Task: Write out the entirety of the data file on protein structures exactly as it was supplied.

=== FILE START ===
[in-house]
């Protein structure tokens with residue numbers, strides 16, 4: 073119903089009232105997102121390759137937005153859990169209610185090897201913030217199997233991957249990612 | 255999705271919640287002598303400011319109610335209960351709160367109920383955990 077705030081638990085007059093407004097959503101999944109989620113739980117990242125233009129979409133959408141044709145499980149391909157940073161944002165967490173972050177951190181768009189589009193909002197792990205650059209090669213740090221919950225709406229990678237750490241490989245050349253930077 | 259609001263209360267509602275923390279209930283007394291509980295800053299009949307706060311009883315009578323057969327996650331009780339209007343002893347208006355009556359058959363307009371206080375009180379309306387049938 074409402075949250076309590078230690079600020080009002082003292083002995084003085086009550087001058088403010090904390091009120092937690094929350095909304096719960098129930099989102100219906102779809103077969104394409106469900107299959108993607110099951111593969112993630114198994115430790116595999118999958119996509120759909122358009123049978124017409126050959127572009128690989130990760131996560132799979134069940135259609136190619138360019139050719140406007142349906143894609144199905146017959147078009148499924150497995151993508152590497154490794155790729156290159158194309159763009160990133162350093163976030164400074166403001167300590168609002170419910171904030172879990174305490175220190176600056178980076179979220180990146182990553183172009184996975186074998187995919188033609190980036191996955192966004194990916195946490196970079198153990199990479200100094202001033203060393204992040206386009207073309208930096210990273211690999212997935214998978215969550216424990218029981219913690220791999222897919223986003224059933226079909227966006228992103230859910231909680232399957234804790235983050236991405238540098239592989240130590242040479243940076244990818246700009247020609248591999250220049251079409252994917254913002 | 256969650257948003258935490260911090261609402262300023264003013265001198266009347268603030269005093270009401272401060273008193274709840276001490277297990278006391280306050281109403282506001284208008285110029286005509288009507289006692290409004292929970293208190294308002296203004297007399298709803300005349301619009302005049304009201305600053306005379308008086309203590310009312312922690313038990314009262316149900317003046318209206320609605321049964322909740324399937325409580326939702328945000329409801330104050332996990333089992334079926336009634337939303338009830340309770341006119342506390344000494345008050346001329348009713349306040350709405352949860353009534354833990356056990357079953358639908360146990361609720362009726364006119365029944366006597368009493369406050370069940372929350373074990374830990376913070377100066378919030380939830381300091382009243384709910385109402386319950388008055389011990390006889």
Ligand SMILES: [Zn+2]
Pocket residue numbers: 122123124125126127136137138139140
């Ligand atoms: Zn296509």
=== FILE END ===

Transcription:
[in-house]
């Protein structure tokens with residue numbers, strides 16, 4: 073119903089009232105997102121390759137937005153859990169209610185090897201913030217199997233991957249990612 | 255999705271919640287002598303400011319109610335209960351709160367109920383955990 077705030081638990085007059093407004097959503101999944109989620113739980117990242125233009129979409133959408141044709145499980149391909157940073161944002165967490173972050177951190181768009189589009193909002197792990205650059209090669213740090221919950225709406229990678237750490241490989245050349253930077 | 259609001263209360267509602275923390279209930283007394291509980295800053299009949307706060311009883315009578323057969327996650331009780339209007343002893347208006355009556359058959363307009371206080375009180379309306387049938 074409402075949250076309590078230690079600020080009002082003292083002995084003085086009550087001058088403010090904390091009120092937690094929350095909304096719960098129930099989102100219906102779809103077969104394409106469900107299959108993607110099951111593969112993630114198994115430790116595999118999958119996509120759909122358009123049978124017409126050959127572009128690989130990760131996560132799979134069940135259609136190619138360019139050719140406007142349906143894609144199905146017959147078009148499924150497995151993508152590497154490794155790729156290159158194309159763009160990133162350093163976030164400074166403001167300590168609002170419910171904030172879990174305490175220190176600056178980076179979220180990146182990553183172009184996975186074998187995919188033609190980036191996955192966004194990916195946490196970079198153990199990479200100094202001033203060393204992040206386009207073309208930096210990273211690999212997935214998978215969550216424990218029981219913690220791999222897919223986003224059933226079909227966006228992103230859910231909680232399957234804790235983050236991405238540098239592989240130590242040479243940076244990818246700009247020609248591999250220049251079409252994917254913002 | 256969650257948003258935490260911090261609402262300023264003013265001198266009347268603030269005093270009401272401060273008193274709840276001490277297990278006391280306050281109403282506001284208008285110029286005509288009507289006692290409004292929970293208190294308002296203004297007399298709803300005349301619009302005049304009201305600053306005379308008086309203590310009312312922690313038990314009262316149900317003046318209206320609605321049964322909740324399937325409580326939702328945000329409801330104050332996990333089992334079926336009634337939303338009830340309770341006119342506390344000494345008050346001329348009713349306040350709405352949860353009534354833990356056990357079953358639908360146990361609720362009726364006119365029944366006597368009493369406050370069940372929350373074990374830990376913070377100066378919030380939830381300091382009243384709910385109402386319950388008055389011990390006889």
Ligand SMILES: [Zn+2]
Pocket residue numbers: 122123124125126127136137138139140
């Ligand atoms: Zn296509």